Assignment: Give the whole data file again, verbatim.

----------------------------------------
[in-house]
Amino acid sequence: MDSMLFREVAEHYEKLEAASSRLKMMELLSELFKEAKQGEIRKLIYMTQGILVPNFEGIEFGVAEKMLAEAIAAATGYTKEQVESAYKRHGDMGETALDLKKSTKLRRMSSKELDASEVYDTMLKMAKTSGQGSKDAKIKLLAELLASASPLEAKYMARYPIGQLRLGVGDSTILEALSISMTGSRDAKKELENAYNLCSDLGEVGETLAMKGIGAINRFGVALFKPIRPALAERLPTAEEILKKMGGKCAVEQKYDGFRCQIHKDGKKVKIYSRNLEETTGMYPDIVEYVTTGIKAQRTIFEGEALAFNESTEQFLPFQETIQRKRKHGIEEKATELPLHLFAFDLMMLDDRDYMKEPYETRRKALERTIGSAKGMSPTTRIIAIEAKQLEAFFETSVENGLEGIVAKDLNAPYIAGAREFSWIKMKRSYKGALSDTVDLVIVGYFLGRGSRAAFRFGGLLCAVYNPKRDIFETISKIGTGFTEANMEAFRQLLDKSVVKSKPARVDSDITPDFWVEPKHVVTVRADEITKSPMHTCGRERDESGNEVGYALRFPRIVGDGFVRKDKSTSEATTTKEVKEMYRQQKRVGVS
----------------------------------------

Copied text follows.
[in-house]
Amino acid sequence: MDSMLFREVAEHYEKLEAASSRLKMMELLSELFKEAKQGEIRKLIYMTQGILVPNFEGIEFGVAEKMLAEAIAAATGYTKEQVESAYKRHGDMGETALDLKKSTKLRRMSSKELDASEVYDTMLKMAKTSGQGSKDAKIKLLAELLASASPLEAKYMARYPIGQLRLGVGDSTILEALSISMTGSRDAKKELENAYNLCSDLGEVGETLAMKGIGAINRFGVALFKPIRPALAERLPTAEEILKKMGGKCAVEQKYDGFRCQIHKDGKKVKIYSRNLEETTGMYPDIVEYVTTGIKAQRTIFEGEALAFNESTEQFLPFQETIQRKRKHGIEEKATELPLHLFAFDLMMLDDRDYMKEPYETRRKALERTIGSAKGMSPTTRIIAIEAKQLEAFFETSVENGLEGIVAKDLNAPYIAGAREFSWIKMKRSYKGALSDTVDLVIVGYFLGRGSRAAFRFGGLLCAVYNPKRDIFETISKIGTGFTEANMEAFRQLLDKSVVKSKPARVDSDITPDFWVEPKHVVTVRADEITKSPMHTCGRERDESGNEVGYALRFPRIVGDGFVRKDKSTSEATTTKEVKEMYRQQKRVGVS